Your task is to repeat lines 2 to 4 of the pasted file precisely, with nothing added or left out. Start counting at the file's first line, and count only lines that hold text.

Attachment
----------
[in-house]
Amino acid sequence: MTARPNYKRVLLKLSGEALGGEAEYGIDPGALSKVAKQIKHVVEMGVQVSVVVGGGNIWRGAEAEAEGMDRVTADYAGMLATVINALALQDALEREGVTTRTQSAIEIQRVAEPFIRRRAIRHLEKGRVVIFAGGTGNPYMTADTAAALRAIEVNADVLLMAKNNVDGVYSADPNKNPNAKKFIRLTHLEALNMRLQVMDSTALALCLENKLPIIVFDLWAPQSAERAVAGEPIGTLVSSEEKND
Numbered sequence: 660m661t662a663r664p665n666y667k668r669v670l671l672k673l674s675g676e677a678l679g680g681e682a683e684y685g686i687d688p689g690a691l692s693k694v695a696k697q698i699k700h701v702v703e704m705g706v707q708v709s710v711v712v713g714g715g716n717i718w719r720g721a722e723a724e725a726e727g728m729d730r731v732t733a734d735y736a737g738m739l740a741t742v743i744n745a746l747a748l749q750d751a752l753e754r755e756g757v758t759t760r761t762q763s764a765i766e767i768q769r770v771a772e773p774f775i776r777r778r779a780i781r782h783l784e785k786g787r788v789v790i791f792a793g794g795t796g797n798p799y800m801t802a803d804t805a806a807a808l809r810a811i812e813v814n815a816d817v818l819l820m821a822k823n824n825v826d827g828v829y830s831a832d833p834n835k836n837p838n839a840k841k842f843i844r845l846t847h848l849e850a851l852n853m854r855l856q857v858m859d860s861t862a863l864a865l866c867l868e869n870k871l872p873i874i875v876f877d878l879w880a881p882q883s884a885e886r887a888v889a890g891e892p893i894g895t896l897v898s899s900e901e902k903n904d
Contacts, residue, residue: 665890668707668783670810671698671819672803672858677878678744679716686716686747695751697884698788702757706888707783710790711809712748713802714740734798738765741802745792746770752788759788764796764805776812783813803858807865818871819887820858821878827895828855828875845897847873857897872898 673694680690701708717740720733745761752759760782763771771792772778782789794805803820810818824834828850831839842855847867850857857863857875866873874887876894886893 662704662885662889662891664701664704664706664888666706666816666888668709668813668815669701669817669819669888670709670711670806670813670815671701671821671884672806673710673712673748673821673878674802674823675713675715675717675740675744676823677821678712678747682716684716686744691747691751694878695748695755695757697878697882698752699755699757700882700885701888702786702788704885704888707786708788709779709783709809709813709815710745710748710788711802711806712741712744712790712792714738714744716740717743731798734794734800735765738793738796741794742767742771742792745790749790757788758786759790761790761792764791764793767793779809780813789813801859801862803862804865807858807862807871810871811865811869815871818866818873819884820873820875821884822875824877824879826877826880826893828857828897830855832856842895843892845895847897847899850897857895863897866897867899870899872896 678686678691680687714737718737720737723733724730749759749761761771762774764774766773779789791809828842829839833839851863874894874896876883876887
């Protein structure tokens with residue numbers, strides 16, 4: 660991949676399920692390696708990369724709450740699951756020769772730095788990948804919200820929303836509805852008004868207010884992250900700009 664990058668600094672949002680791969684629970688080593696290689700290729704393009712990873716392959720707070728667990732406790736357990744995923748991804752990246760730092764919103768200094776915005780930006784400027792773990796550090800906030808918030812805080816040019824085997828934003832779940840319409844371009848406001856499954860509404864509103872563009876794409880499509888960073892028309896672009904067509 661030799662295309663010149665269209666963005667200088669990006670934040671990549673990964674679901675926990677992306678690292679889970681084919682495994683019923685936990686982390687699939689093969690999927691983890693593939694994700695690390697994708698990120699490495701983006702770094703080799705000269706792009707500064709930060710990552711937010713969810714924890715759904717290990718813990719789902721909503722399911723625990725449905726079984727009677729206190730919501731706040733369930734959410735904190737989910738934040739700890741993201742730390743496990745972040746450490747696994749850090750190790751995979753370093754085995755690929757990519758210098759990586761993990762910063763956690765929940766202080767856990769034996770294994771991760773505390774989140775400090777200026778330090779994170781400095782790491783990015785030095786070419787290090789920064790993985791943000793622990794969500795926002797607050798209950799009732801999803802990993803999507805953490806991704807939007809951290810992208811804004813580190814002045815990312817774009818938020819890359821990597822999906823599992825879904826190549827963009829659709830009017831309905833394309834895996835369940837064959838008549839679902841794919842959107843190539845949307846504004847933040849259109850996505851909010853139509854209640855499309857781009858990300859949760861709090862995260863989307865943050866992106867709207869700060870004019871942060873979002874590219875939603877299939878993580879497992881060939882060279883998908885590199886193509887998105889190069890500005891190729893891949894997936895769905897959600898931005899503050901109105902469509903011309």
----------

Amino acid sequence: MTARPNYKRVLLKLSGEALGGEAEYGIDPGALSKVAKQIKHVVEMGVQVSVVVGGGNIWRGAEAEAEGMDRVTADYAGMLATVINALALQDALEREGVTTRTQSAIEIQRVAEPFIRRRAIRHLEKGRVVIFAGGTGNPYMTADTAAALRAIEVNADVLLMAKNNVDGVYSADPNKNPNAKKFIRLTHLEALNMRLQVMDSTALALCLENKLPIIVFDLWAPQSAERAVAGEPIGTLVSSEEKND
Numbered sequence: 660m661t662a663r664p665n666y667k668r669v670l671l672k673l674s675g676e677a678l679g680g681e682a683e684y685g686i687d688p689g690a691l692s693k694v695a696k697q698i699k700h701v702v703e704m705g706v707q708v709s710v711v712v713g714g715g716n717i718w719r720g721a722e723a724e725a726e727g728m729d730r731v732t733a734d735y736a737g738m739l740a741t742v743i744n745a746l747a748l749q750d751a752l753e754r755e756g757v758t759t760r761t762q763s764a765i766e767i768q769r770v771a772e773p774f775i776r777r778r779a780i781r782h783l784e785k786g787r788v789v790i791f792a793g794g795t796g797n798p799y800m801t802a803d804t805a806a807a808l809r810a811i812e813v814n815a816d817v818l819l820m821a822k823n824n825v826d827g828v829y830s831a832d833p834n835k836n837p838n839a840k841k842f843i844r845l846t847h848l849e850a851l852n853m854r855l856q857v858m859d860s861t862a863l864a865l866c867l868e869n870k871l872p873i874i875v876f877d878l879w880a881p882q883s884a885e886r887a888v889a890g891e892p893i894g895t896l897v898s899s900e901e902k903n904d
Contacts, residue, residue: 665890668707668783670810671698671819672803672858677878678744679716686716686747695751697884698788702757706888707783710790711809712748713802714740734798738765741802745792746770752788759788764796764805776812783813803858807865818871819887820858821878827895828855828875845897847873857897872898 673694680690701708717740720733745761752759760782763771771792772778782789794805803820810818824834828850831839842855847867850857857863857875866873874887876894886893 662704662885662889662891664701664704664706664888666706666816666888668709668813668815669701669817669819669888670709670711670806670813670815671701671821671884672806673710673712673748673821673878674802674823675713675715675717675740675744676823677821678712678747682716684716686744691747691751694878695748695755695757697878697882698752699755699757700882700885701888702786702788704885704888707786708788709779709783709809709813709815710745710748710788711802711806712741712744712790712792714738714744716740717743731798734794734800735765738793738796741794742767742771742792745790749790757788758786759790761790761792764791764793767793779809780813789813801859801862803862804865807858807862807871810871811865811869815871818866818873819884820873820875821884822875824877824879826877826880826893828857828897830855832856842895843892845895847897847899850897857895863897866897867899870899872896 678686678691680687714737718737720737723733724730749759749761761771762774764774766773779789791809828842829839833839851863874894874896876883876887